I'd say tires are the most important part unless you live in an area where there are a lot of hills. Then having AWD/4WD would be beneficial as well.
 
Last edited:


Bill906

Well-known member
Joined
Mar 21, 2020
Threads
4
Messages
1,381
Reaction score
3,213
Location
Wisconsin
Vehicles
Jeep
Country flag
Reading this thread I just thought of something I hadn’t thought of before. I wonder how a RWD (rear wheel drive) vehicle with AWS (All Wheel Steering) will handle on slippery surfaces. This is assuming AWS will be standard on all CT’s. I realize we don’t know that. We also don’t know exactly how the truck will steer the rear wheels in different situations. I’m picturing stopped at a stop sign on a city street where the snow plow just cleared the cross road you are turning right onto, putting a small snowbank in your path that you must concur from a full stop. Cross traffic doesn’t have a stop sign and it’s a busy road. Will the truck steer the rear wheels opposite direction as the front? If they spin (not enough traction to break through snow pile) will it cause the vehicle to act differently than if the rear wheels remained straight? Will the truck change the steering angle if it detects spinning?

I went to college in a very snowy and hilly town. I drove an ‘86 Buick Regal -rear wheel drive, no weight in the back, V8 in the front. All season tires that had “ok” tread. I was VERY good at driving that car. I knew exactly when the rear wheels would break friction and would vary the throttle and steering accordingly. Some days that car was going sideways more than it was going forward. But I was good at controlling it even when it was sliding. Never got into an accident. I never understood the phase “Steer into the skid”. Instead I would say no matter what the back wheels are doing, always point the front wheels in the direction you want the car to go. I wonder how much added complexity 4 wheel steering would have in controlling that vehicle.
 

Crissa

Well-known member
First Name
Crissa
Joined
Jul 8, 2020
Threads
126
Messages
15,915
Reaction score
26,600
Location
Santa Cruz
Vehicles
2014 Zero S, 2013 Mazda 3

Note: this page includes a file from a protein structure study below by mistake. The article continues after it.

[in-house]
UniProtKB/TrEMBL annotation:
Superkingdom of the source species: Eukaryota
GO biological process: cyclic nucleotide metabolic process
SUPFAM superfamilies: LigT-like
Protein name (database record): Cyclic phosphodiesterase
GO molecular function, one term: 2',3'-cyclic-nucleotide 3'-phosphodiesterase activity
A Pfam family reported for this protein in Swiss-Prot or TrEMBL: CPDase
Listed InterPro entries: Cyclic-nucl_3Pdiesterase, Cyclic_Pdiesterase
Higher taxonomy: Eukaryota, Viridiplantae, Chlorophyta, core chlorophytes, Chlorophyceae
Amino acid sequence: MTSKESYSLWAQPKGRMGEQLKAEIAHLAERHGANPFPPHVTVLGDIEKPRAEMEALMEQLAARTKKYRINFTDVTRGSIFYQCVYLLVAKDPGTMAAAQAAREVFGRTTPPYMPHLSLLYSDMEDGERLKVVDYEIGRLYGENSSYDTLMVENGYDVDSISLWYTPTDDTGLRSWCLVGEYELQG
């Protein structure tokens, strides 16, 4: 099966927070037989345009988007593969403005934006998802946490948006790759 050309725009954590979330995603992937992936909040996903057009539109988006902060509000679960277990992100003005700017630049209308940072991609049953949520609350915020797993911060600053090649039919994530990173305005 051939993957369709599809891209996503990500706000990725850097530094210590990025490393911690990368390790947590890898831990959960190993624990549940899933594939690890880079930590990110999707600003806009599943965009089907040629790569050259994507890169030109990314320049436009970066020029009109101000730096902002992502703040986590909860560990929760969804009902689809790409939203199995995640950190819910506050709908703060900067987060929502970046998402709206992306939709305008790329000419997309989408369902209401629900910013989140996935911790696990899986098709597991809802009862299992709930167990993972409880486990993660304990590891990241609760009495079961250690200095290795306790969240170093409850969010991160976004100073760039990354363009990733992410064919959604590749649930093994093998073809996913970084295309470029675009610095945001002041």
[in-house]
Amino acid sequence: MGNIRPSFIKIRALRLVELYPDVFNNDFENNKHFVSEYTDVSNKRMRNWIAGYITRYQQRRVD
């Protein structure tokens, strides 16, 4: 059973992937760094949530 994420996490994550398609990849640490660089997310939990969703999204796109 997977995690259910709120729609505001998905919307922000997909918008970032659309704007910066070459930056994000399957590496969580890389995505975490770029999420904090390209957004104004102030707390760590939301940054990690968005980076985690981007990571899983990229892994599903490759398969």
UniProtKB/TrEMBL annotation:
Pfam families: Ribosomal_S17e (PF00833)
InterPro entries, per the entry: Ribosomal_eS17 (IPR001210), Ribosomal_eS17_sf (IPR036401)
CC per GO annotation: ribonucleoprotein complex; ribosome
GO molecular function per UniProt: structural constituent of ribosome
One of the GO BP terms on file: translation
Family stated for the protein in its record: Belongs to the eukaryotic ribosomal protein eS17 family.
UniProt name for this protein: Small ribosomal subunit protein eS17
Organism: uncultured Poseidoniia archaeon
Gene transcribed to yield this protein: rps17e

Country flag
EVs (especially Tesla) has a bunch of advantages:

  • Weight distribution. Battery pack means even, low weight which is easier to control. It's also more weight, which is good in snow and ice generally.
  • Instant response for traction control. Electric drive motors respond instantly and have exactly the torque needed. (They can also spin out of control, but that's without traction control.)

Cybertruck will also have:
  • Rear wheel steering
  • Adjustable ride height to balance the load
  • Full traction control and cameras for situational awareness

So it will probably be alot better than your standard rear-wheeled truck. Probably even better than traditional FWD cars.

-Crissa

PS: Steer into the skid is a method to regain control by getting the wheels rotating in relation to the car's motion. If the tires 'catch' while they're turned away from the direction of travel, that will often precipitate a high-side or overturn.
 

Jhodgesatmb

Well-known member
First Name
Jack
Joined
Dec 1, 2019
Threads
63
Messages
4,689
Reaction score
6,869
Location
San Francisco Bay area
Website
www.arbor-studios.com
Vehicles
Tesla Model Y LR, Tesla Model 3 LR
Occupation
Retired AI researcher
Country flag
I grew up in Michigan winters and didn't have a 4x car until I was in college. We stayed out of trouble with ground clearance and knowing how to drive in white and slippery stuff. Given how well the other Teslas perform in wintery conditions, and given the huge ground clearance advantage of the Cybertruck, there is a good chance it will be fine.
 

Tinker71

Well-known member
First Name
Ray
Joined
Aug 8, 2020
Threads
82
Messages
1,470
Reaction score
1,964
Location
Utah
Vehicles
1976 electric conversion bus
Occupation
Project Manager
Country flag
I thought I posed this question earlier, but it doesn't look like it.

I have a reservation for the single motor mainly because I will be financing the vehicle and don't want a huge payment.